An emerging local currency trade test between China’s Hunan province and Ghana offers a test case for local currency-based trade mechanics. Hunan’s Renminbi hub is trialling a system that pools currency payments among bilateral traders and uses local currency only up to the minimum level of bilateral trade, such that there is always sufficient demand for the lesser-used local currency. This may not lead to reform of the global monetary system, but it does, uniquely, offer many more small and medium-sized traders a means of engaging in foreign trade without foreign exchange risk. The model could point to the BRICS’ local currency intent.

There is also a steady push toward re-monetising gold. In July, a “Russia- and China-led consortium had settled on gold as the basis of a planned new international currency system separate from the dollar and euro”. Gold was a world economy hallmark until early in the 20thcentury. Today, though, the world economy is much larger, meaning it would be nearly impossible for gold bullion to equivalently back paper and digital currency today.

There is, though, another option. BRICS currencies could be benchmarked against gold at a specific price or price band and not against an equivalent dollar rate. If the price of gold were to rise above that, the respective central bank would sell bonds, removing local currency units from the economy to maintain the value. If the gold price fell below the band or price level against local currency, a central bank would “print” new money by buying bonds, thereby injecting cash into the local banking system.

Such a system could be tested within intra-BRICS trade, and a creditor of last resort for any of the participating countries could be the BRICS own New Development Bank. Any balance of payments or currency issues in such trade would hence default away to the basket of currencies of the New Development Bank’s reserves, and overall gold would be used merely for measurement of each BRICS currency value but not as bullion to back them. Another means would be to underpin that system with gold-backed stable coins. According to former Chinese Central Bank governor Zhou Xiaochun, gold not only offers a stable benchmark and is sovereign-neutral but is also consistent with Mao Zedong’s choice to anchor the Yuan to gold in 1950 as a means of ending hyperinflation.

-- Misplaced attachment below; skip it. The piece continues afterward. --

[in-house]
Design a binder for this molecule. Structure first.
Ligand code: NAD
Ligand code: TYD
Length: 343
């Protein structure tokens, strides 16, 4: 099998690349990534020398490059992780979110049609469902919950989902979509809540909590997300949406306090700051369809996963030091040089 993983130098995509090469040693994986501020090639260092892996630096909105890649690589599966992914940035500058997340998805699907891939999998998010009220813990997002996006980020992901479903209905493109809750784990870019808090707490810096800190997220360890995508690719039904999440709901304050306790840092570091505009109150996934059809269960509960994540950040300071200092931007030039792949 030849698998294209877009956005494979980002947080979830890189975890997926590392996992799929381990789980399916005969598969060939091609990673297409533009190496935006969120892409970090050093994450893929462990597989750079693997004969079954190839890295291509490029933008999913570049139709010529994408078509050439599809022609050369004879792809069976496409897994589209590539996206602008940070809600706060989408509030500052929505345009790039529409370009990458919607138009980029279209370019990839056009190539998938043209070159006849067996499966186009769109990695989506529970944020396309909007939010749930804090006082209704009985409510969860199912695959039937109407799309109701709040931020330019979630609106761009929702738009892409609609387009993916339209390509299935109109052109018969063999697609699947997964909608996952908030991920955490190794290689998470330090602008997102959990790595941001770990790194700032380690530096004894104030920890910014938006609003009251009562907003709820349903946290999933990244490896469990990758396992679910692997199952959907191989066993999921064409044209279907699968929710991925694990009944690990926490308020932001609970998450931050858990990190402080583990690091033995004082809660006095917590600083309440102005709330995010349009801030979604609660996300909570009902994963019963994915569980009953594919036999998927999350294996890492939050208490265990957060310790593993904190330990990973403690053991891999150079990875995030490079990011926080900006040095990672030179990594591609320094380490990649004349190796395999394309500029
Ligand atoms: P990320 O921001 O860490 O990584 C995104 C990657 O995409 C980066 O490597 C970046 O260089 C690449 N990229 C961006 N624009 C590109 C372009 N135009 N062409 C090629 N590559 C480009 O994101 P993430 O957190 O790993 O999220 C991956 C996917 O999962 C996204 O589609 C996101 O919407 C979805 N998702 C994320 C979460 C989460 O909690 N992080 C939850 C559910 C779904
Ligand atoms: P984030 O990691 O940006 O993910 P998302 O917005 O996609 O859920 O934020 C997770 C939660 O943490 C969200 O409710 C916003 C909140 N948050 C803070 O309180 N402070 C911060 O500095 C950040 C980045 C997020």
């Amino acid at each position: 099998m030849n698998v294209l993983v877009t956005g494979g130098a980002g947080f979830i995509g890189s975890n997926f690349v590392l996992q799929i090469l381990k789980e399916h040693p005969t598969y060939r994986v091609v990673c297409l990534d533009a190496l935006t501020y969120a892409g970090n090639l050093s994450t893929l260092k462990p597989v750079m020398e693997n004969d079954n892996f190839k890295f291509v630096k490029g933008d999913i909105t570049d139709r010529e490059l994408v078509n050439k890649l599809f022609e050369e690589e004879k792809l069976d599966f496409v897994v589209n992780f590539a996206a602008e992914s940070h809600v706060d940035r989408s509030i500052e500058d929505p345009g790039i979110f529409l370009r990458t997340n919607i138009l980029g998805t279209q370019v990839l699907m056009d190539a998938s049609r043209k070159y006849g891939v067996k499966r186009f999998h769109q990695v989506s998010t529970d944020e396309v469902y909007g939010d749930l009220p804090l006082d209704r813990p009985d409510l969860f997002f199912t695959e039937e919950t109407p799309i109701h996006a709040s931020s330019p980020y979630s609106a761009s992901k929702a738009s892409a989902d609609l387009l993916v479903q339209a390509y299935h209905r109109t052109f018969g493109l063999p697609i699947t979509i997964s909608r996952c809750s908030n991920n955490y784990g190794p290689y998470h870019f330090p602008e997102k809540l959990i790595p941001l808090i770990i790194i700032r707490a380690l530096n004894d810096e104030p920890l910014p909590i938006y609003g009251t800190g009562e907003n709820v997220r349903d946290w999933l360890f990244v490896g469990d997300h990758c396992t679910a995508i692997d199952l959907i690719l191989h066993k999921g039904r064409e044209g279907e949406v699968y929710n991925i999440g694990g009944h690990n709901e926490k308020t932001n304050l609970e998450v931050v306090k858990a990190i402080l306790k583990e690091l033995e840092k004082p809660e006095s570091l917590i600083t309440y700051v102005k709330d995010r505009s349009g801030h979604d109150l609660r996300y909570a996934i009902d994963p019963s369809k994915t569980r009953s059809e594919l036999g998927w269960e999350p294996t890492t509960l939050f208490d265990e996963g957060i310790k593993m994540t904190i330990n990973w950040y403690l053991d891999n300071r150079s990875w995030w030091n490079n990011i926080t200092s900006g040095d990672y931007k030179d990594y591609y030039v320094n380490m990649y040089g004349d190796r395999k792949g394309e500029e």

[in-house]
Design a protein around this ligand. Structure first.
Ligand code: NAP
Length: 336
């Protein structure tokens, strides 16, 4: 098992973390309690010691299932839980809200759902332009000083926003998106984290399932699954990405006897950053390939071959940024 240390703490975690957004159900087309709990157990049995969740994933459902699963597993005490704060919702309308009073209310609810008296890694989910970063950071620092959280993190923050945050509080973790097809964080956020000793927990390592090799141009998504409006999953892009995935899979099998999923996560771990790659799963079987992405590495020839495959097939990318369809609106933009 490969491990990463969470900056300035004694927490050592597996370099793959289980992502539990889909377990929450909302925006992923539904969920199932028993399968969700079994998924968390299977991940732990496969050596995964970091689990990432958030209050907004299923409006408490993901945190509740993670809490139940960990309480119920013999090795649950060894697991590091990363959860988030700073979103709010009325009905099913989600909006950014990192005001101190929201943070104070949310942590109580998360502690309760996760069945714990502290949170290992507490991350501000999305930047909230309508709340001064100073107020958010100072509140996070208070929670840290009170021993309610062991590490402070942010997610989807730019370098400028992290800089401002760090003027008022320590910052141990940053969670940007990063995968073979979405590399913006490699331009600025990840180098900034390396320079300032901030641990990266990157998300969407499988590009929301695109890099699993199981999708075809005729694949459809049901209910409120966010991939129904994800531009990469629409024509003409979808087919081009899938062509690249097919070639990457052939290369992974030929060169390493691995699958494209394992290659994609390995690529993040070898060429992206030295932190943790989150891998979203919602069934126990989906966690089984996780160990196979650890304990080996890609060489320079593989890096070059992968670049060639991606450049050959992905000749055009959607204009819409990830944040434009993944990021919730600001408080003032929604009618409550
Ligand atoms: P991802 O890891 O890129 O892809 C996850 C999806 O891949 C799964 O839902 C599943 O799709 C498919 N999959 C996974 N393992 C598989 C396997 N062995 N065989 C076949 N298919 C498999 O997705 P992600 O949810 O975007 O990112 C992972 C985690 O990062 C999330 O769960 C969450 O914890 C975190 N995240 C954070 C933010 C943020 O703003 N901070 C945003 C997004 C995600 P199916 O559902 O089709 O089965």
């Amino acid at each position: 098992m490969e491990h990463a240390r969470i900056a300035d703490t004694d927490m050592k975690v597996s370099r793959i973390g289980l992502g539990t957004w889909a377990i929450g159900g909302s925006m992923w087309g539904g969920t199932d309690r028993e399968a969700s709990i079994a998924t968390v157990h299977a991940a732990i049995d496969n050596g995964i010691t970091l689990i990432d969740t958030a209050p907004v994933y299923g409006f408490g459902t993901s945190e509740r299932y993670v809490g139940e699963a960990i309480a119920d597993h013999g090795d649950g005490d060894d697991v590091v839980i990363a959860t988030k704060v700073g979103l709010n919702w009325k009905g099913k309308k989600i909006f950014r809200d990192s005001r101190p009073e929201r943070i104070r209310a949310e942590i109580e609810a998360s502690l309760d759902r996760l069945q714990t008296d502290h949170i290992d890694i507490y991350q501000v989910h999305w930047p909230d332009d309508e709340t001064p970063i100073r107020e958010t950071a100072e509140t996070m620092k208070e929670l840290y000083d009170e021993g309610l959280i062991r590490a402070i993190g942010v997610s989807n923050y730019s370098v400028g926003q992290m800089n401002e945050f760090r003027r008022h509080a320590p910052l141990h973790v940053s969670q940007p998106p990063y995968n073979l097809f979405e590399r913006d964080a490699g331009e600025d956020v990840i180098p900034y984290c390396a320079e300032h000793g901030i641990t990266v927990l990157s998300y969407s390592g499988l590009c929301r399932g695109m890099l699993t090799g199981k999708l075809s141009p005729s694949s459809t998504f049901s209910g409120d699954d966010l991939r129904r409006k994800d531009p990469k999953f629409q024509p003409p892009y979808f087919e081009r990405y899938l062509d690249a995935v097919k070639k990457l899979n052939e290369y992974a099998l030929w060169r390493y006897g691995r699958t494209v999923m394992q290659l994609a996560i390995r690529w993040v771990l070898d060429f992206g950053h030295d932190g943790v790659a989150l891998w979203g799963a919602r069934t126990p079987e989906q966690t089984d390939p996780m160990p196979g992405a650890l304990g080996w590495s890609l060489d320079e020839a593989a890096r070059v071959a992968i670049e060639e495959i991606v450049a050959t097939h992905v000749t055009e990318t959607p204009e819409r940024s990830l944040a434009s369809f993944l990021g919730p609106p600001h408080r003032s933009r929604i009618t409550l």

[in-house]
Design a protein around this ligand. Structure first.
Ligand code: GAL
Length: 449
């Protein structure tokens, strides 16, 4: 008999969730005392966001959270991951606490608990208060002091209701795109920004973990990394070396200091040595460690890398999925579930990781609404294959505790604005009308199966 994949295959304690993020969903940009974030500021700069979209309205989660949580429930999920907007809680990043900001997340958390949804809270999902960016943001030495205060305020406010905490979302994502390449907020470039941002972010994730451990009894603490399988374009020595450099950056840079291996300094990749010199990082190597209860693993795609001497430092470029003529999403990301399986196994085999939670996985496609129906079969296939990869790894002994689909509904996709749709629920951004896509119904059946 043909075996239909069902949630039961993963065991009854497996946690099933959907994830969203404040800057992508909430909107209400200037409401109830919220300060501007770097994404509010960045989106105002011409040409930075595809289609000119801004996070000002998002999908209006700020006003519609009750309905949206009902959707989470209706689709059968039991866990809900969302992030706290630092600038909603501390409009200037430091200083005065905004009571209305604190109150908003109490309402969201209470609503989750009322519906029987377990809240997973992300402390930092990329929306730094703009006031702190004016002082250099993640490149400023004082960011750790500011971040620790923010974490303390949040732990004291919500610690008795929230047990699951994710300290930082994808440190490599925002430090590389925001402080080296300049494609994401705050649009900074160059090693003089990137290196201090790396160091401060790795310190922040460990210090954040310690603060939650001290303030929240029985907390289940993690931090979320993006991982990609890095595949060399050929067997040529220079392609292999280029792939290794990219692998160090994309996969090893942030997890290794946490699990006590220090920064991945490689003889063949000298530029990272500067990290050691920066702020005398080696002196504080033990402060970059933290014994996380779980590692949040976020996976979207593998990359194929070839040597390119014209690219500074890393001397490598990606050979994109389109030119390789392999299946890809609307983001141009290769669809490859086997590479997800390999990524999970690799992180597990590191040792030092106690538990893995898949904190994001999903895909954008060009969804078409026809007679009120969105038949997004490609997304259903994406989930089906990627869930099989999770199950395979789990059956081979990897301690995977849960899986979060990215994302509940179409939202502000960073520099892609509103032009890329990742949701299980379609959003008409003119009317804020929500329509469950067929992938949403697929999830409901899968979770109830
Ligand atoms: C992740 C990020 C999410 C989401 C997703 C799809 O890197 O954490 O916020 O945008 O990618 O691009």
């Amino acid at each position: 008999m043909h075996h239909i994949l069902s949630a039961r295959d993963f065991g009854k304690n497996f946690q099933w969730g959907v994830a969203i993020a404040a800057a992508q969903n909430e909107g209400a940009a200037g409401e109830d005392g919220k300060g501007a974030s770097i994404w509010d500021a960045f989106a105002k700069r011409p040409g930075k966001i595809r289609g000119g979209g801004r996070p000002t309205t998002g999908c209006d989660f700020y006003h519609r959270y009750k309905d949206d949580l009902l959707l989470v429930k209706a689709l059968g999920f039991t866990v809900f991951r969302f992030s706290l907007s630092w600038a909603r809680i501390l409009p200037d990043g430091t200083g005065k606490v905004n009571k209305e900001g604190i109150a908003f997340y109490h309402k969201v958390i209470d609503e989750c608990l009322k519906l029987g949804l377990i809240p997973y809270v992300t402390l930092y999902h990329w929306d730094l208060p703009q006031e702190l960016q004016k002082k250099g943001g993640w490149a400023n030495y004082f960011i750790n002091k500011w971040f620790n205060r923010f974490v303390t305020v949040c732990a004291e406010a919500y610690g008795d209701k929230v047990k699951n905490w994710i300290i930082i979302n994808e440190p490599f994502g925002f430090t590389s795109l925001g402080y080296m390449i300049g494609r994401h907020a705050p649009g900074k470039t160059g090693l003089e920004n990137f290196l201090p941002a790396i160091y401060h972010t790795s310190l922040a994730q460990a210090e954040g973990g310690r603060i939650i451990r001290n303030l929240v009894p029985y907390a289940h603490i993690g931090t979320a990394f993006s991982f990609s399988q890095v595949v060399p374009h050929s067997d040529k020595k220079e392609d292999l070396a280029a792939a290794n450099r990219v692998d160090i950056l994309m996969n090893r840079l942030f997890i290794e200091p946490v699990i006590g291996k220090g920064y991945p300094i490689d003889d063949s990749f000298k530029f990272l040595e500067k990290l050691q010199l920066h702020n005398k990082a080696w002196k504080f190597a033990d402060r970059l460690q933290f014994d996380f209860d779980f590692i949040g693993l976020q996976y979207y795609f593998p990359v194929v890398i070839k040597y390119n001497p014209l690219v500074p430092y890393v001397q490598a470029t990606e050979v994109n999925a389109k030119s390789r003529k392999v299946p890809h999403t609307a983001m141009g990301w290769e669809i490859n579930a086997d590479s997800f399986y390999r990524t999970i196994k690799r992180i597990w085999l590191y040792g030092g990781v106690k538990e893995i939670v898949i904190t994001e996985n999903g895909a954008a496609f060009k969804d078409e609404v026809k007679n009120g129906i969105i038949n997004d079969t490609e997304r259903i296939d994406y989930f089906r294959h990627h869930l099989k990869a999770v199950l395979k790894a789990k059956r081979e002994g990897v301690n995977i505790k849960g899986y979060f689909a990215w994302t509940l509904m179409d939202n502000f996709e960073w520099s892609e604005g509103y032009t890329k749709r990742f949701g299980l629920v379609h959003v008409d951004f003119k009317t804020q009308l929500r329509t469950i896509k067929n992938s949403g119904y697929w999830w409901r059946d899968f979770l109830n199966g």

A Bretton Woods moment for Africa?

A new intra-BRICS valuation role for gold, or any similar move, could make this year’s BRICS summit echo the Bretton Woods meeting of 1944. Then, a new gold-based architecture was established, lasting until the US floated its exchange rate in 1971. Pettis argues that today the US’s role as the “consumer of last resort” is unsustainable, implying that a minimal switch over toward a new gold standard could mark a shift facilitating American prosperity too. Johannesburg, home of one of history’s largest gold rushes, may soon mark the emergence of a new 21st century monetary era, placing Africa – and the value of its gold – at the active heart instead of the passive periphery of a new global economic governance movement, too.

About the author: Dr Lauren Johnston is a Consultant Senior Researcher in SAIIA’s Foreign Policy Programme.

Source: This article was published by SAIIA and in ENCA


The South African Institute of International Affairs (SAIIA) has a long and proud record as South Africa’s premier research institute on international issues. It is an independent, non-government think-tank whose purpose is to encourage wider and more informed awareness of the importance of international affairs. It is both a centre for research excellence and a home for stimulating public debate.